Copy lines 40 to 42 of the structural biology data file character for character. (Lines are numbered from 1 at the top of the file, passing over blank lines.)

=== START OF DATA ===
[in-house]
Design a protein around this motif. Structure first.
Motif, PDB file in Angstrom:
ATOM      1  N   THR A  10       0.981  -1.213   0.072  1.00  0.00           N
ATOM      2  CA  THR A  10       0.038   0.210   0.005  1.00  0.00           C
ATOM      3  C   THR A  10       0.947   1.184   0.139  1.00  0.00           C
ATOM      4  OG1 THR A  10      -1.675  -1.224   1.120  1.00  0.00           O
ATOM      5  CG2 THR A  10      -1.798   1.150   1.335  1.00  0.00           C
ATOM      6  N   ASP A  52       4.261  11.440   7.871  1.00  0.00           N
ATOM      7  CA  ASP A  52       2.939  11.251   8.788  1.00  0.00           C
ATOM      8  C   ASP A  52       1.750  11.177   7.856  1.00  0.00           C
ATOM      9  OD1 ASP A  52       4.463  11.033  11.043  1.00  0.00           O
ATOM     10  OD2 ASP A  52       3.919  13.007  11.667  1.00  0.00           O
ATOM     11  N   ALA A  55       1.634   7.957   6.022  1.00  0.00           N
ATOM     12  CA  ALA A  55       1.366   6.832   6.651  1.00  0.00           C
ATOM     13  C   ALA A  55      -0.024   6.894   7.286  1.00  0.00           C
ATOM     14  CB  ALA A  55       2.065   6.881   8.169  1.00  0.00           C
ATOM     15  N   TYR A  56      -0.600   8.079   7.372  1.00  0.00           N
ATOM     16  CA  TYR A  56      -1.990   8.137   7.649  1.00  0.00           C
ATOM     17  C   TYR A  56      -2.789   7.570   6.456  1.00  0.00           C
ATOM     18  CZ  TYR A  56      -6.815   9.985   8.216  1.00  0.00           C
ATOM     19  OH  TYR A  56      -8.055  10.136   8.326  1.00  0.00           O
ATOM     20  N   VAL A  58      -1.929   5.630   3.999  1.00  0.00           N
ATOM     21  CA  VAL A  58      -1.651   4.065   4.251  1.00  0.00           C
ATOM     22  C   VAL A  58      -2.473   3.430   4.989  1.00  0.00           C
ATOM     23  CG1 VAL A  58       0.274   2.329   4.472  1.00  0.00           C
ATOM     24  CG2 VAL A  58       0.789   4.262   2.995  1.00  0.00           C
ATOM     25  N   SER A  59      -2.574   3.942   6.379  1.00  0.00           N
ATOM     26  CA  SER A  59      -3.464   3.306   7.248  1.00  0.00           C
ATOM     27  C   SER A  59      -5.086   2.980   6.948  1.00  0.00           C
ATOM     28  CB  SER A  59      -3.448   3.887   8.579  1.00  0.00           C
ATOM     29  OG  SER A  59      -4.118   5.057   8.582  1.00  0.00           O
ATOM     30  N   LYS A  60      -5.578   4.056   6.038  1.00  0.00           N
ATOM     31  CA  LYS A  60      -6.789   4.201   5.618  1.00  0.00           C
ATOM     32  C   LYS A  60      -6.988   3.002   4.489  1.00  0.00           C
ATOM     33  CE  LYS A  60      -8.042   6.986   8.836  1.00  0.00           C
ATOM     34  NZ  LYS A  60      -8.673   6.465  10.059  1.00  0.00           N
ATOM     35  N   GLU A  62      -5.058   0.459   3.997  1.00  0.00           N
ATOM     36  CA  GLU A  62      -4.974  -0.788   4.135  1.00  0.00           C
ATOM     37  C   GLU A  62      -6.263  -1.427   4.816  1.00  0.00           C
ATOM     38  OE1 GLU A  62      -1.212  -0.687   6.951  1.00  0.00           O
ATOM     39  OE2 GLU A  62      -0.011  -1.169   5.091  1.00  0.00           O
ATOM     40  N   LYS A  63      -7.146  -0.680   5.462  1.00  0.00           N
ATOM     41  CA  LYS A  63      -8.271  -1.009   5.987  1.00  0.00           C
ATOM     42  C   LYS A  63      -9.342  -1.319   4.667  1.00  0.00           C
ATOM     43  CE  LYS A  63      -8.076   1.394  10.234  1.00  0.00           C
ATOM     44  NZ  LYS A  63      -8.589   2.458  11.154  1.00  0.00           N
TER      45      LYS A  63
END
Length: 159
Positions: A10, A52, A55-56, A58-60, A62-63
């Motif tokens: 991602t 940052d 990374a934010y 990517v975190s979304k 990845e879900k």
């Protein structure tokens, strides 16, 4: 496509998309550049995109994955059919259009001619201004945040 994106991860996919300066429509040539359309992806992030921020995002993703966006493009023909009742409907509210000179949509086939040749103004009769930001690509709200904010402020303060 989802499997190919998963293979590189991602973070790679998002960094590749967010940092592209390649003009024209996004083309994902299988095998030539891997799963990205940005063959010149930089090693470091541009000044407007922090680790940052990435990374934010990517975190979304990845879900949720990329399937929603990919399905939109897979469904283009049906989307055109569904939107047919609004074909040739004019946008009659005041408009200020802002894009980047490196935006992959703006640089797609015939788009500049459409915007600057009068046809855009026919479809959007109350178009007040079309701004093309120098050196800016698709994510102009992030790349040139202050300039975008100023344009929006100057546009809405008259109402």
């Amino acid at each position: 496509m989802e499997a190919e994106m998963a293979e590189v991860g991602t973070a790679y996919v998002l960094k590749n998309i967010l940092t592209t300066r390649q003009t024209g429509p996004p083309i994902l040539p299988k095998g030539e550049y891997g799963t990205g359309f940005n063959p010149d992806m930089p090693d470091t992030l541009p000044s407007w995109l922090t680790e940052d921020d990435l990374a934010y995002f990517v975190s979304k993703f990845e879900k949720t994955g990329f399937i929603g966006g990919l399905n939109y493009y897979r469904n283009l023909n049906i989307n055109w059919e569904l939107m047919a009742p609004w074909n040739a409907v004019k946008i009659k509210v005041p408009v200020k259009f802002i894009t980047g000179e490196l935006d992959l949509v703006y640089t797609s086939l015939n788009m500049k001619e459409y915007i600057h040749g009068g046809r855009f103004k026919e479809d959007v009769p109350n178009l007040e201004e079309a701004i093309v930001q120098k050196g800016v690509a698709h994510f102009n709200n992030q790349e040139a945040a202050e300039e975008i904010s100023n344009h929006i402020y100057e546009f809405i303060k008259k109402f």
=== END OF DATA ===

ATOM     37  C   GLU A  62      -6.263  -1.427   4.816  1.00  0.00           C
ATOM     38  OE1 GLU A  62      -1.212  -0.687   6.951  1.00  0.00           O
ATOM     39  OE2 GLU A  62      -0.011  -1.169   5.091  1.00  0.00           O